One seemingly typical afternoon, Andrew Reardon was walking back to campus from coaching basketball practice at the nearby East End House when it dawned on him, “I can’t leave this kind of work.” He had recently completed an internship with Dell and was considering whether or not to accept a job with the company. Ultimately, he chose not to, and he largely attributes this profound and meaningful shift to his work as a Coaching Corps coach and mentor. Soon, Andrew will be a Master’s candidate at Harvard’s Graduate School of Education. While he has done well in school thus far he feels that, “the most good I’ve really done as an undergraduate has come through my coaching.”

Upon attending Harvard University, Andrew became involved with Coaching Corps right away. As a freshman, he was the only coach volunteering at the Boys and Girls Club in Cambridge. Over the course of that year, Andrew learned not only how to coach youth in underserved communities, but also how to make a meaningful contribution to a young person’s life. The summer between his freshman and sophomore year, Andrew worked with the director of the Cambridge Boys and Girls Club to design a curriculum that complemented the Coaching Corps program. The curriculum included lessons like fractions, taught in the context of free throw percentages, and served to enrich the learning and development experience for the youth served.

As a sophomore, Andrew stepped into a leadership role as a Coaching Corps Team Captain. In addition to leading the work at the Boys and Girls Club in Cambridge (until it, unfortunately, closed its doors), he recruited three new Coaching Corps locations. This was an incredibly valuable contribution as Coaching Corps’ success is built on meaningful collaborations with colleges, universities, and afterschool programs that can support and offer athletic opportunities to young people.

Not only does being a Coaching Corps leader and coach resonate with Andrew personally, he is also deeply committed to the far-reaching, social implications of the work. “It’s [Coaching Corps’ mission] important for social justice and social equality work,” he said. “In Cambridge specifically, it’s very wealthy, but the geographic areas between the two universities are incredibly underserved, which means there are different opportunities and outcomes for a number of kids. It’s a striking juxtaposition.” Andrew sees sports and the work of Coaching Corps as a social justice bridge between those two communities, and others like them.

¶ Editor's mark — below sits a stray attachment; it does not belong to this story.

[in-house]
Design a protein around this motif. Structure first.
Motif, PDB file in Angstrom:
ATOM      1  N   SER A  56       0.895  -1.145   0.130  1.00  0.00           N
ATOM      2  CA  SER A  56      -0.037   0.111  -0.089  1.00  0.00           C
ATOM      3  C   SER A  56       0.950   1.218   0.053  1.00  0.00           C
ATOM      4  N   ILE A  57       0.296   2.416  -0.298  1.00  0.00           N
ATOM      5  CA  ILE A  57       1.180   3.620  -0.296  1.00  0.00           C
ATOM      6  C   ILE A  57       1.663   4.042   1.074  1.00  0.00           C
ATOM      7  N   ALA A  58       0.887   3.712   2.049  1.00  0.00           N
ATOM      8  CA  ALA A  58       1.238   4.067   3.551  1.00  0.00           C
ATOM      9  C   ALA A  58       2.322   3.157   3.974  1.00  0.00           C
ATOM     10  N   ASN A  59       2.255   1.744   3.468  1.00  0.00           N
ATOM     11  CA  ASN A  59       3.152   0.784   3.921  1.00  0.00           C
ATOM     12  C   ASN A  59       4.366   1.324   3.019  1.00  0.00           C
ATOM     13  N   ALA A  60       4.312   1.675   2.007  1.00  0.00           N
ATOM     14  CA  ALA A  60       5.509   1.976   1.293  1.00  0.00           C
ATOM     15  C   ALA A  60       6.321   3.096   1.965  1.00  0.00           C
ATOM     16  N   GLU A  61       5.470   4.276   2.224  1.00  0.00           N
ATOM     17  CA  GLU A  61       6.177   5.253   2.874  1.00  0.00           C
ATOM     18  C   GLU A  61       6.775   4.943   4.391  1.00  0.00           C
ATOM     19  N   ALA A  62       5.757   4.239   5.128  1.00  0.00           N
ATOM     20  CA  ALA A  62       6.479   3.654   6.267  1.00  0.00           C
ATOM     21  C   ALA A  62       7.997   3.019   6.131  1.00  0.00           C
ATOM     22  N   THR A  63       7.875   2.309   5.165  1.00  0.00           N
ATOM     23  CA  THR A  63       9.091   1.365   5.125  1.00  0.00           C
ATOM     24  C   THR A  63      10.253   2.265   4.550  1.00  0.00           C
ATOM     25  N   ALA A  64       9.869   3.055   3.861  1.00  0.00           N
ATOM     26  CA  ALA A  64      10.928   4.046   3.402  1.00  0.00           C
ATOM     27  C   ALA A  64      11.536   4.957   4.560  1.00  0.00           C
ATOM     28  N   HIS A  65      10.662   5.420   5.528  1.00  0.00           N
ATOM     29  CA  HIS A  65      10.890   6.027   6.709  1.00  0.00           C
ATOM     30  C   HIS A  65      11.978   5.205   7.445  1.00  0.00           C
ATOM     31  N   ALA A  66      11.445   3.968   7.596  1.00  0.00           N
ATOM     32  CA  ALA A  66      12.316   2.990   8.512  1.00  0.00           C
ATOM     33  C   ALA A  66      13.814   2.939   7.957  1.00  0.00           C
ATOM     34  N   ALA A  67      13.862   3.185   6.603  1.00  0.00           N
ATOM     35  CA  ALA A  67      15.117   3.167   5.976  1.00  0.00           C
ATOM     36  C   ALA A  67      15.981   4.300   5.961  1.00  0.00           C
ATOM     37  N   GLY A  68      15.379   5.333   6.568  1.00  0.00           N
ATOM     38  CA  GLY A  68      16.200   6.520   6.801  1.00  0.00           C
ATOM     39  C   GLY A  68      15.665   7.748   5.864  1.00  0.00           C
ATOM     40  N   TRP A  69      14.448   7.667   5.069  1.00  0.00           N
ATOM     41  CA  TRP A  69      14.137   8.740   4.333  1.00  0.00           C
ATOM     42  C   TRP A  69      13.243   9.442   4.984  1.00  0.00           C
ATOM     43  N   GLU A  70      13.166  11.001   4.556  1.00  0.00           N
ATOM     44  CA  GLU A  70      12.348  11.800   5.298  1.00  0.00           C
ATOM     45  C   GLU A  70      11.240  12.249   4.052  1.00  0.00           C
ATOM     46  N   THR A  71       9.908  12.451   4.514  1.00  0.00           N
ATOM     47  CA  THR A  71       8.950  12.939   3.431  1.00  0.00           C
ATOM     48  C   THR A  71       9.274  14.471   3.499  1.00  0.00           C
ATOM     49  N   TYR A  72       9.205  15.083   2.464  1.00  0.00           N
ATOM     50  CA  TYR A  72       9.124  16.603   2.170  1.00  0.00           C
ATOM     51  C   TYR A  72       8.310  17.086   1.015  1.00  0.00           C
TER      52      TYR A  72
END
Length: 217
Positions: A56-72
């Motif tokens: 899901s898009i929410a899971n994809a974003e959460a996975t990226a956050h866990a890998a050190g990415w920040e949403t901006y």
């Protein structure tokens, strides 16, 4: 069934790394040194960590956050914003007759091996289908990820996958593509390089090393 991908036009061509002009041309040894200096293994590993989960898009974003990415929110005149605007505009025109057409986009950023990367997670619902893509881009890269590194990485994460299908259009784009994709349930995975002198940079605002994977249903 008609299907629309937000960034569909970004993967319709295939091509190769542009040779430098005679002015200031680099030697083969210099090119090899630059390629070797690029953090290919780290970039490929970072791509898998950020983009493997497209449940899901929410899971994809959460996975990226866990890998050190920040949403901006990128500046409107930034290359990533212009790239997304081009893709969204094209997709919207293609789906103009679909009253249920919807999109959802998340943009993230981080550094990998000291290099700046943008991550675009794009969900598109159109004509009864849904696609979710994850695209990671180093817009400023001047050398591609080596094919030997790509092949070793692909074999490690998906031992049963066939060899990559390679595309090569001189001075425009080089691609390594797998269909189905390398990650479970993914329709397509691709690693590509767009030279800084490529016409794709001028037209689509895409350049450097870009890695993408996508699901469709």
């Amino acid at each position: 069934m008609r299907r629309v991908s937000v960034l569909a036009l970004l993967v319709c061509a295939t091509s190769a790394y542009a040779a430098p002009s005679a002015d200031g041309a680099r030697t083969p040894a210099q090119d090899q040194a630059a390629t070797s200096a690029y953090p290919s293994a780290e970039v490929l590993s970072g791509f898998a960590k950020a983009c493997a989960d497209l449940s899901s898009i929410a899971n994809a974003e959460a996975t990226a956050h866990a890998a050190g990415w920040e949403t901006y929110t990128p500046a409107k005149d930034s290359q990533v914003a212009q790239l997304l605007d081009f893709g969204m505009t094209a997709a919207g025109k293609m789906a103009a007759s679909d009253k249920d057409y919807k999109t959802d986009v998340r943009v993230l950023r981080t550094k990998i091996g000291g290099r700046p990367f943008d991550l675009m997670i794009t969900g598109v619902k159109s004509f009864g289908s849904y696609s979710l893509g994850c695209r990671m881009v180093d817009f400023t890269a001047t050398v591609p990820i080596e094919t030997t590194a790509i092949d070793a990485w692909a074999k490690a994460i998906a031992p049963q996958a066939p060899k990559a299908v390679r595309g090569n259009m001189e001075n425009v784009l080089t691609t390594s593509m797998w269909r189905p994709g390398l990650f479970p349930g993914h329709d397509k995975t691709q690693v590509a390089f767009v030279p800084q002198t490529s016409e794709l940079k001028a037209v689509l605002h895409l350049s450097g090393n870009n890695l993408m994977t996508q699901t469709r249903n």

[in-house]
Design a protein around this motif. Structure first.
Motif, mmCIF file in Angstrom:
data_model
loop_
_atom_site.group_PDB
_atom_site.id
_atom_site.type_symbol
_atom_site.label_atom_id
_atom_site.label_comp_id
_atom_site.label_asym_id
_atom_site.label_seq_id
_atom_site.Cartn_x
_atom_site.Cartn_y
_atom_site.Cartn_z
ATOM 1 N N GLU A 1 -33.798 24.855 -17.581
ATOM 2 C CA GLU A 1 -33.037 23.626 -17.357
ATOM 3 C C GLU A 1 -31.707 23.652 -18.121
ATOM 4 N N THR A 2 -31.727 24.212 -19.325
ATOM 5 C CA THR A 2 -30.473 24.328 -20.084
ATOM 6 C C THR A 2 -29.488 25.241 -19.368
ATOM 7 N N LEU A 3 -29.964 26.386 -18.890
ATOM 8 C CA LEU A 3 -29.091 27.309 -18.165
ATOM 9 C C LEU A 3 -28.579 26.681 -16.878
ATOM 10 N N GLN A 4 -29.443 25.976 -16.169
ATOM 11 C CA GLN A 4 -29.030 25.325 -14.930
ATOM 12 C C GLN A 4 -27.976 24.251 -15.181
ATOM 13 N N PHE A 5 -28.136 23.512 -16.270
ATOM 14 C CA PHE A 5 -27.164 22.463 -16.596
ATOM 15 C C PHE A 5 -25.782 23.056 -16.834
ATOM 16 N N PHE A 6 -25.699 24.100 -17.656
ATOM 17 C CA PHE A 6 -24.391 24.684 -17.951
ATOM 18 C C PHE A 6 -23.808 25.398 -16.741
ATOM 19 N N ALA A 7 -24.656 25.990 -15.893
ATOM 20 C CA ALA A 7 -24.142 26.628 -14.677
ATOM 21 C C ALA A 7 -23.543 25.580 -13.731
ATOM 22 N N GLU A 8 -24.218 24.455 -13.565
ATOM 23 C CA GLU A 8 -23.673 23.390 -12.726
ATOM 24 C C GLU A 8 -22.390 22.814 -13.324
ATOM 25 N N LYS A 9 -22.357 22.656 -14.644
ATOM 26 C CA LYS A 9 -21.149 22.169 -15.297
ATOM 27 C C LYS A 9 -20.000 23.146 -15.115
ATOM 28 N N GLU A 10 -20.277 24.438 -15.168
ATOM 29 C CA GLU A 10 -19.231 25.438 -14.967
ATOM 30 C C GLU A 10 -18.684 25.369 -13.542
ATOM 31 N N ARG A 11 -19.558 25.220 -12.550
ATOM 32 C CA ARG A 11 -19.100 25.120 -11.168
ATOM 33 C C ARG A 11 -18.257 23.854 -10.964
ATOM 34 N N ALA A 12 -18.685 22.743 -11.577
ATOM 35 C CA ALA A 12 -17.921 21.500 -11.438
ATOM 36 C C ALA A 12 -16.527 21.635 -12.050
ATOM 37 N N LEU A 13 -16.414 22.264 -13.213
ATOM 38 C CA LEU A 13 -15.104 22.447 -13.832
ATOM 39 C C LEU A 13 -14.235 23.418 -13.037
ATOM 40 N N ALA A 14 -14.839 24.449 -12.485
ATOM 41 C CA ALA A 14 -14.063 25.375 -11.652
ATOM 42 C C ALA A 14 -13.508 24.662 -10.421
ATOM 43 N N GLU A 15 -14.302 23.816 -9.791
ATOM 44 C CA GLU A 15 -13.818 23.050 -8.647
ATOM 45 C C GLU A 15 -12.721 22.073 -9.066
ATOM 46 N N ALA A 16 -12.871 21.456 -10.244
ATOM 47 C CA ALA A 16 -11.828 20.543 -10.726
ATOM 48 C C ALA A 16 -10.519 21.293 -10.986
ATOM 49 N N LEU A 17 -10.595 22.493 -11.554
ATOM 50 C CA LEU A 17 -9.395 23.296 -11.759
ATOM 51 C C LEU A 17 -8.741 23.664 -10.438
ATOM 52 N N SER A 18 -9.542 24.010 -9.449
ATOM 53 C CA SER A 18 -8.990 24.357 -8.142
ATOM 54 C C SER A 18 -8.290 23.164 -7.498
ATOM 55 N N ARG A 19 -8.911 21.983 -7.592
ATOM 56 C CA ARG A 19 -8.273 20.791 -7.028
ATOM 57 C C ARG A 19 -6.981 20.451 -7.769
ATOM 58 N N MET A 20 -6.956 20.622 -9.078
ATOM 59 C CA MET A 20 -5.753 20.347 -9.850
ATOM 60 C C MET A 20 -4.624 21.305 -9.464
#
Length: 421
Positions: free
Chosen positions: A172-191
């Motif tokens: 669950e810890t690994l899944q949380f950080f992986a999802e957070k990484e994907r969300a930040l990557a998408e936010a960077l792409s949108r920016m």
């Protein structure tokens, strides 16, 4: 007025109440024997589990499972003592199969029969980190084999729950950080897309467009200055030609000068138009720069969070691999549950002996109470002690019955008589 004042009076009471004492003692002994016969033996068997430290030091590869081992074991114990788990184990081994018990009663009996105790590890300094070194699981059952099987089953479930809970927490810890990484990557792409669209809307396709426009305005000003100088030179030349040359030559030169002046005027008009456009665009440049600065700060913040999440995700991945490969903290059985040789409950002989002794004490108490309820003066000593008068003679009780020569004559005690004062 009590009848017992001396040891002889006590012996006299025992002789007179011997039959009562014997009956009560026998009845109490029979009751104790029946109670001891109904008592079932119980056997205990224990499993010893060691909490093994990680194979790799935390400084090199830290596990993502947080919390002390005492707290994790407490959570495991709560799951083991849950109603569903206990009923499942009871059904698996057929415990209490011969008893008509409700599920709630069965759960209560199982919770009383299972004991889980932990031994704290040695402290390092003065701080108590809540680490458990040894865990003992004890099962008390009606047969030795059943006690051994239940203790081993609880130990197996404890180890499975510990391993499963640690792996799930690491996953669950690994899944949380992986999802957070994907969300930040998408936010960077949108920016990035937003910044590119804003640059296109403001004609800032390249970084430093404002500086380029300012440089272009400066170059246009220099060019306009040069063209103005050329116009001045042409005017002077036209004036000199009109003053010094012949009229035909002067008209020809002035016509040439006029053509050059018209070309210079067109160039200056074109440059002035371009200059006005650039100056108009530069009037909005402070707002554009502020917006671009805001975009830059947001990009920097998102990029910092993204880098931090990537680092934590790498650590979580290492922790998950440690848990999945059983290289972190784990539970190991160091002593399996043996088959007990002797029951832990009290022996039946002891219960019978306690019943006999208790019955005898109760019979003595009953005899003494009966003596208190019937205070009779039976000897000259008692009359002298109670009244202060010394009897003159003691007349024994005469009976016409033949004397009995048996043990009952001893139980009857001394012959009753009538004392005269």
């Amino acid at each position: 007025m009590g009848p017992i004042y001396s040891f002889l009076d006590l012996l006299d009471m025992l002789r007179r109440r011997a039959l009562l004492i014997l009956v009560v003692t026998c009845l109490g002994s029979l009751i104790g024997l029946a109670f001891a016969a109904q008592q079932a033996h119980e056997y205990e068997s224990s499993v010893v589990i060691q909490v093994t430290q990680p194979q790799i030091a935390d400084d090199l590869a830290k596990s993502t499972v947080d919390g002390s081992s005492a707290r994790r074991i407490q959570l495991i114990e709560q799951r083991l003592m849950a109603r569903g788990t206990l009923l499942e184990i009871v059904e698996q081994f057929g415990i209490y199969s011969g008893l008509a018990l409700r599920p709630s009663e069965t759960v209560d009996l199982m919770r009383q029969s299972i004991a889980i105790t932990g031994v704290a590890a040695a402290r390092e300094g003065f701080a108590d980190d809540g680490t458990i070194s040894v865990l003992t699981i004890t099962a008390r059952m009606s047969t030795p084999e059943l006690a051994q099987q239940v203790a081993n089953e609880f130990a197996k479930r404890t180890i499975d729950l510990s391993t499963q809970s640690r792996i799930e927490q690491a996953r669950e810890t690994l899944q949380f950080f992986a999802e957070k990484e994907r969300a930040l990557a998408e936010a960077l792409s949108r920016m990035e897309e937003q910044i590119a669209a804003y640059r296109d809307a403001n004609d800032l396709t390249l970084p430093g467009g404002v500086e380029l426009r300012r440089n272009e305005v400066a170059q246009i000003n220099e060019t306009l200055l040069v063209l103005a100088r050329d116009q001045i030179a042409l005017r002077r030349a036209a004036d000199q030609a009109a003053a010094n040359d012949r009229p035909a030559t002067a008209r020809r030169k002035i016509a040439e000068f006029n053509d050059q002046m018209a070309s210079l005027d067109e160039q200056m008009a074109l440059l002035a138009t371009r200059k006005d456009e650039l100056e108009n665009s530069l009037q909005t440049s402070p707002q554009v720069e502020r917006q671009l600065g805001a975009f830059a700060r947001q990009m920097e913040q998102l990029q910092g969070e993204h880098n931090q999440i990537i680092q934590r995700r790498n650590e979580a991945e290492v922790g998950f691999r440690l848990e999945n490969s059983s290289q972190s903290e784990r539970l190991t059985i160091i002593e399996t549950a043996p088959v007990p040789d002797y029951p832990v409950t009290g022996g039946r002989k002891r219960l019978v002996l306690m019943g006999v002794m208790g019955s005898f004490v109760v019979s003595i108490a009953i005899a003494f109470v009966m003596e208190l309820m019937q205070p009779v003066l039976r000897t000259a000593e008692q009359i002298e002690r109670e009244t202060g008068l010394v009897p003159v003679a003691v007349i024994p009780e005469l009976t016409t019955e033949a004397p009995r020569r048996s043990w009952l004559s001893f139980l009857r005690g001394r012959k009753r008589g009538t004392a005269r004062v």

It has been shown that by being personally supportive and allowing youth to get to know their coaches, a precedent is established. Not only do the kids become more engaged in the Coaching Corps experience, “they see, coach Andy goes to college, coach Andy is pretty cool, I could go to college,” Andrew said. “It’s about developing a rapport that’s practical.” This rapport then quickly leads to conversations like, “what do you want to do for college? Not if. These are the most important conversations I’ve had with the kids,” Andrew stated. Furthermore, “taking student athletes to campuses and showing them that this is attainable, and more than that, we expect this of you,” Andrew said, draws a clear line between their interests and passions, and the importance and possibility of college. “Ultimately what we’re trying to do is show kids the importance of education through sports,” Andrew said; and because of this deliberate, concerted interest in a child’s life, there is a clear ripple effect that occurs.

Since Coaching Corps began its work in Boston in 2013, 214 coaches have been recruited and trained and 2,340 kids participated in afterschool athletic programs with a Coaching Corps coach. And the work is growing. Over the course of the next several years, Coaching Corps plans to substantially expand and develop its programming presence in Boston. The goal is to recruit, train, and place more than 500 coaches so that there will be as many kids in underserved communities participating in afterschool sports as there are in more resourced neighborhoods.

“Generally speaking, it has been a coming of age experience for me,” Andrew said of his time working with Coaching Corps. “Whether it’s coaching or other social justice ventures [and] volunteer experiences, it’s a really important thing to be doing, especially in today’s political climate.” Andrew sees teaching in underserved cities as the next logical step toward using sports as a social justice bridge that is, “all part of a larger movement,” he stated.

This commitment to change on a national scale is what drives the Coaching Corps model, and what resonated with Andrew so deeply from day one. “We’re doing good work for these kids,” he said, “and hopefully, generationally, it’ll start to snowball and we’ll start to solve some big issues.”

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